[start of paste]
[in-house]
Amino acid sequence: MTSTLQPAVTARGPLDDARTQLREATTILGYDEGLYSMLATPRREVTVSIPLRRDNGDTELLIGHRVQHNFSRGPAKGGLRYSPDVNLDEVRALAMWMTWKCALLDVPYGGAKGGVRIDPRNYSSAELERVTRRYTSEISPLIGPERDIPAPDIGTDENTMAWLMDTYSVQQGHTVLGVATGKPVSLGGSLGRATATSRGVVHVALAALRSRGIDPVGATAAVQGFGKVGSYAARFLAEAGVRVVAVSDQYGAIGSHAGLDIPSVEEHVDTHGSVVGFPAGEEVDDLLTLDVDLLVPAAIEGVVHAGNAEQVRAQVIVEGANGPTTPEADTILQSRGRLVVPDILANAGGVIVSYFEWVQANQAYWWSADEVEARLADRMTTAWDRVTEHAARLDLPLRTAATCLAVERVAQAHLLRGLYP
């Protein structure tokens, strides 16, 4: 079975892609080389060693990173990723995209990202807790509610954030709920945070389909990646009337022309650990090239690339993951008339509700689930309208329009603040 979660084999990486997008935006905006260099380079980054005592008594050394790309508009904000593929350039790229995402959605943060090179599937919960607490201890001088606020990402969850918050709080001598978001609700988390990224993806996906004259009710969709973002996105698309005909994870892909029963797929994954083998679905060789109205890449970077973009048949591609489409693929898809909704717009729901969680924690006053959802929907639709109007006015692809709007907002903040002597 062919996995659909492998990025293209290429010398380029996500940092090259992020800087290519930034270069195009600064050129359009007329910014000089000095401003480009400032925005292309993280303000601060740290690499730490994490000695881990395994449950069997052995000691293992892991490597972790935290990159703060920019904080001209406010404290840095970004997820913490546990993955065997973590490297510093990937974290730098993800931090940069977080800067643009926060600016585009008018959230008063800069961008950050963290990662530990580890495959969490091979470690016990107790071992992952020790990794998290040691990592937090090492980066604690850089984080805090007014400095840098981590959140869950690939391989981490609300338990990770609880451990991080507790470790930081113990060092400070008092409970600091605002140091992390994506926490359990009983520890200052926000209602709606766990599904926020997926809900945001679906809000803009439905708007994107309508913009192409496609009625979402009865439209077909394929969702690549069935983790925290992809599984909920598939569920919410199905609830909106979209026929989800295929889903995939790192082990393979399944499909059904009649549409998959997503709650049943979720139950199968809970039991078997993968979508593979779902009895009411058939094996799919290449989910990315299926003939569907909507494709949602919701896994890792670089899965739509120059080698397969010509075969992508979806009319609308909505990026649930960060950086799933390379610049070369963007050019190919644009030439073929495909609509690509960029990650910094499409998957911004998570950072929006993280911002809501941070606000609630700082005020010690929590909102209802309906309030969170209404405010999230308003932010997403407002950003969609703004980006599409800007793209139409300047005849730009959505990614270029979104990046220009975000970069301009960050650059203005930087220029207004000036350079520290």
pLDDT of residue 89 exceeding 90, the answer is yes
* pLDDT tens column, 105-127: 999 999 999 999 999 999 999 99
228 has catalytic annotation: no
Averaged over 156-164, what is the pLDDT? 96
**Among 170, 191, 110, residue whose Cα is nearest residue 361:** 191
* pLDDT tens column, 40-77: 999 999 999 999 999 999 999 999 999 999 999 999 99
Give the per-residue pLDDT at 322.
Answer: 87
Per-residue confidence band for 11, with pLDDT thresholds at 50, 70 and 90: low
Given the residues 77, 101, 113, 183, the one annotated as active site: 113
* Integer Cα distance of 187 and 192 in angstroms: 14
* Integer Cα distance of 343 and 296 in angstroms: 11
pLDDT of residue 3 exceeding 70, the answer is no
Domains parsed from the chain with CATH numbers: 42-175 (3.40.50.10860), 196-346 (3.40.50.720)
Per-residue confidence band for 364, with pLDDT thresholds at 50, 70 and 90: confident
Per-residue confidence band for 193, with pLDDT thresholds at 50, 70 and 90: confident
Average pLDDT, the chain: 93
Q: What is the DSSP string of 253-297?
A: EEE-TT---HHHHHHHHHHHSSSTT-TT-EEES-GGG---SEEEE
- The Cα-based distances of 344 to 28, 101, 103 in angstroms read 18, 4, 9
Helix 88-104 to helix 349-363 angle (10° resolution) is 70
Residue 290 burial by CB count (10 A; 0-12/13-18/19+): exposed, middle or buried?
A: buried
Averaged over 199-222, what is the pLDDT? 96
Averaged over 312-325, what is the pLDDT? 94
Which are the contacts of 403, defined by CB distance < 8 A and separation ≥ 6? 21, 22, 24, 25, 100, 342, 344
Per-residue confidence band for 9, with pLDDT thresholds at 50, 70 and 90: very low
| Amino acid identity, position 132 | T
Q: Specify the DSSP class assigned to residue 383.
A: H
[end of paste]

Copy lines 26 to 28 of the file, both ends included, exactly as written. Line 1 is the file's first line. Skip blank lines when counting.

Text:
A: buried
Averaged over 199-222, what is the pLDDT? 96
Averaged over 312-325, what is the pLDDT? 94